The stage history of The Merchant of Venice from the time Shakespeare wrote it to the present day, and a look back at some RSC productions.
First recorded performance
The title page of the first edition of the play, printed in 1600, states that it has been 'divers times acted by the Lord Chamberlaine his Servants'. The first recorded performance was at court on Shrove Sunday, 10 February, 1605. King James and his courtiers must have enjoyed it because it was performed again two days later.
Public, rather than court, performances of Shakespeare's plays were performed in the open air, in daylight, on a simple thrust stage. No scenery and a minimum of props allowed the action to move swiftly and the audience to focus on the language. Music and costume added to the effect. Shakespeare wrote his plays with the strengths and talents of his fellow players in mind. His gifted boy players took the female roles so that the original audience had the unsettling experience of watching boys playing girls playing boys in the roles of Portia and Nerissa in the trial scene.
It is impossible to know how Shylock was first played. Since the early nineteenth century, Shylock has usually been played with dignity and a measure of understanding of why he does what he does. Perhaps the role was originally played by Will Kemp, the leading comic actor in the group, and the portrayal was harshly comic and influenced by the traditions of commedia dell'arte, or, perhaps, played in the red wig and false nose worn by villainous Jewish characters in the medieval Mystery plays. Perhaps Richard Burbage, the actor building a reputation for himself in tragic roles took the part - we simply don't know.
The Jew of Venice
The Jew of Venice was the title given by George Granville to his adaptation in 1701. The comedian Thomas Doggett played Shylock and provoked laughter with his absurd miserliness, in a characterisation more akin to the commedia dell'arte's Pantalone. This comic approach became so entrenched over the next 40 years that in 1741 Charles Macklin felt it necessary to keep his preparations for the role secret from his fellow actors. He restored much of Shakespeare's text in his acting version and, on his opening night, his ferocious Shylock astonished and terrified all beholders, causing young men in the packed benches to faint with fright. Macklin's success in this star role continued for many years: he acted the role until he was nearly 90.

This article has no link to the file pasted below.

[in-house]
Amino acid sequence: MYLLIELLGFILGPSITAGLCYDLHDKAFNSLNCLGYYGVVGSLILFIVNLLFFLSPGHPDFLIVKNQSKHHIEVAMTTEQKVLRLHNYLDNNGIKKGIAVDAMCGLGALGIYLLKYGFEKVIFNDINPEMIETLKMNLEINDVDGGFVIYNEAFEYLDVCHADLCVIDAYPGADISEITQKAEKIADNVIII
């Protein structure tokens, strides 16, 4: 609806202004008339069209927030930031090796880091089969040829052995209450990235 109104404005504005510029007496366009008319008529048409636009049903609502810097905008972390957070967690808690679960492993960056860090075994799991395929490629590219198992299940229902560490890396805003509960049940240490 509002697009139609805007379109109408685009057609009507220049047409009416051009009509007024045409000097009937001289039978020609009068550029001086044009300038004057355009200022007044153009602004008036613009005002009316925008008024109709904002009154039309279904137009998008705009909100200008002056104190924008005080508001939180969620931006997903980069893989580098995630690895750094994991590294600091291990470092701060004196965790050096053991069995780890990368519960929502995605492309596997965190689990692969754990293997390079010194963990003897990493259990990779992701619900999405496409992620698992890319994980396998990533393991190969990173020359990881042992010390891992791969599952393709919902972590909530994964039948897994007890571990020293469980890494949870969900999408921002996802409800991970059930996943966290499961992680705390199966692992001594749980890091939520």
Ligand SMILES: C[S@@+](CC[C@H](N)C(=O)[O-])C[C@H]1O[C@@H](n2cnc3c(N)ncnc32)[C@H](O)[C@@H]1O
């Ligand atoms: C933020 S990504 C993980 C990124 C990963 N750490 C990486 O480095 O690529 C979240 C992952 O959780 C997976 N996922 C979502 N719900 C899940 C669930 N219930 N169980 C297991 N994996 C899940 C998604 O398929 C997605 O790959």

Edmund Kean was the next great Shylock, first playing the role at Drury Lane in 1814. He electrified his unprepared audience with the intelligence and pathos of his interpretation. His Shylock could still terrify but this portrayal never let the audience forget what had brought him to this pass. Before anything else, this man was a wronged father and a deeply feeling human being. Kean's son, Charles produced the play to great acclaim 50 years later at the Princess's Theatre. His success was not so much due to the acting as to the magnificence of the sets and scenic illusion. Audiences gathered to marvel at the vivid, crowded stage, the sumptuous costumes, and the gondolas floating on real water.